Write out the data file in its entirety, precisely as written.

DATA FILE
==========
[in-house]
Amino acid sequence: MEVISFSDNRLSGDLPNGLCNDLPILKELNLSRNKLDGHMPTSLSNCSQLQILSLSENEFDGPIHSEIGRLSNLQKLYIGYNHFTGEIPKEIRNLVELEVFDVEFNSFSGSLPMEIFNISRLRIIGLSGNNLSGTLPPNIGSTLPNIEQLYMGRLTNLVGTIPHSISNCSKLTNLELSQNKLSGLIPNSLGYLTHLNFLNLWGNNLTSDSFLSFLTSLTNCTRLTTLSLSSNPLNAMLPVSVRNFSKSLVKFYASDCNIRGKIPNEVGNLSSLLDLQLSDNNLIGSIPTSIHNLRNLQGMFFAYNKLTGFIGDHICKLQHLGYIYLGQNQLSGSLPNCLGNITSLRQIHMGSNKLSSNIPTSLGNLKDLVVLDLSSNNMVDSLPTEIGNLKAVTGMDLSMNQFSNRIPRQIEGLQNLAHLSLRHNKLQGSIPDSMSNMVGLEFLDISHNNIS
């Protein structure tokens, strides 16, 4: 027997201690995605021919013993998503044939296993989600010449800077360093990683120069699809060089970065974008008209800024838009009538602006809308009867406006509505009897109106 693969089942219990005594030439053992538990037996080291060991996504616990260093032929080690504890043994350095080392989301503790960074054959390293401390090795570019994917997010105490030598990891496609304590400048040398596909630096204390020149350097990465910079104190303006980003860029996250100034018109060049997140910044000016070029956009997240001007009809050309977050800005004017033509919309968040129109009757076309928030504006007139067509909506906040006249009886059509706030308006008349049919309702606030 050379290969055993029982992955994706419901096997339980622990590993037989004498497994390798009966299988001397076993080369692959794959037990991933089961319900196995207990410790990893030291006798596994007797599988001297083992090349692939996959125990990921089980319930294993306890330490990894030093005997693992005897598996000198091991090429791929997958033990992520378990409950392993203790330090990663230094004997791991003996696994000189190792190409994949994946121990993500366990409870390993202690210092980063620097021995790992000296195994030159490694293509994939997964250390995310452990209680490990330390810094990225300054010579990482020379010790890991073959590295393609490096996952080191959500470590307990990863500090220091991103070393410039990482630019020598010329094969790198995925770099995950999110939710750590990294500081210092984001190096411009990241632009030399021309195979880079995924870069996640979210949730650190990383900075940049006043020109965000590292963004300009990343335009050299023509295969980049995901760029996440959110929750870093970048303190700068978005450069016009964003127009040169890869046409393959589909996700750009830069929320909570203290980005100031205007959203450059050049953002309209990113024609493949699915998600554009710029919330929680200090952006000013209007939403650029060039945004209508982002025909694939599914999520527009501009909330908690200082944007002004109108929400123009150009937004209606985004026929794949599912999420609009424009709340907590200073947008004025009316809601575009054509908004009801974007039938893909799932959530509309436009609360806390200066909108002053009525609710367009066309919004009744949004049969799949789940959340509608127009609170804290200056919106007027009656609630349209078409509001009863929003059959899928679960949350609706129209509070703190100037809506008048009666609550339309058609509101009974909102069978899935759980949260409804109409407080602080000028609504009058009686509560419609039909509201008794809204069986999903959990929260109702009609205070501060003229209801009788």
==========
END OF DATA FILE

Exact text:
[in-house]
Amino acid sequence: MEVISFSDNRLSGDLPNGLCNDLPILKELNLSRNKLDGHMPTSLSNCSQLQILSLSENEFDGPIHSEIGRLSNLQKLYIGYNHFTGEIPKEIRNLVELEVFDVEFNSFSGSLPMEIFNISRLRIIGLSGNNLSGTLPPNIGSTLPNIEQLYMGRLTNLVGTIPHSISNCSKLTNLELSQNKLSGLIPNSLGYLTHLNFLNLWGNNLTSDSFLSFLTSLTNCTRLTTLSLSSNPLNAMLPVSVRNFSKSLVKFYASDCNIRGKIPNEVGNLSSLLDLQLSDNNLIGSIPTSIHNLRNLQGMFFAYNKLTGFIGDHICKLQHLGYIYLGQNQLSGSLPNCLGNITSLRQIHMGSNKLSSNIPTSLGNLKDLVVLDLSSNNMVDSLPTEIGNLKAVTGMDLSMNQFSNRIPRQIEGLQNLAHLSLRHNKLQGSIPDSMSNMVGLEFLDISHNNIS
């Protein structure tokens, strides 16, 4: 027997201690995605021919013993998503044939296993989600010449800077360093990683120069699809060089970065974008008209800024838009009538602006809308009867406006509505009897109106 693969089942219990005594030439053992538990037996080291060991996504616990260093032929080690504890043994350095080392989301503790960074054959390293401390090795570019994917997010105490030598990891496609304590400048040398596909630096204390020149350097990465910079104190303006980003860029996250100034018109060049997140910044000016070029956009997240001007009809050309977050800005004017033509919309968040129109009757076309928030504006007139067509909506906040006249009886059509706030308006008349049919309702606030 050379290969055993029982992955994706419901096997339980622990590993037989004498497994390798009966299988001397076993080369692959794959037990991933089961319900196995207990410790990893030291006798596994007797599988001297083992090349692939996959125990990921089980319930294993306890330490990894030093005997693992005897598996000198091991090429791929997958033990992520378990409950392993203790330090990663230094004997791991003996696994000189190792190409994949994946121990993500366990409870390993202690210092980063620097021995790992000296195994030159490694293509994939997964250390995310452990209680490990330390810094990225300054010579990482020379010790890991073959590295393609490096996952080191959500470590307990990863500090220091991103070393410039990482630019020598010329094969790198995925770099995950999110939710750590990294500081210092984001190096411009990241632009030399021309195979880079995924870069996640979210949730650190990383900075940049006043020109965000590292963004300009990343335009050299023509295969980049995901760029996440959110929750870093970048303190700068978005450069016009964003127009040169890869046409393959589909996700750009830069929320909570203290980005100031205007959203450059050049953002309209990113024609493949699915998600554009710029919330929680200090952006000013209007939403650029060039945004209508982002025909694939599914999520527009501009909330908690200082944007002004109108929400123009150009937004209606985004026929794949599912999420609009424009709340907590200073947008004025009316809601575009054509908004009801974007039938893909799932959530509309436009609360806390200066909108002053009525609710367009066309919004009744949004049969799949789940959340509608127009609170804290200056919106007027009656609630349209078409509001009863929003059959899928679960949350609706129209509070703190100037809506008048009666609550339309058609509101009974909102069978899935759980949260409804109409407080602080000028609504009058009686509560419609039909509201008794809204069986999903959990929260109702009609205070501060003229209801009788």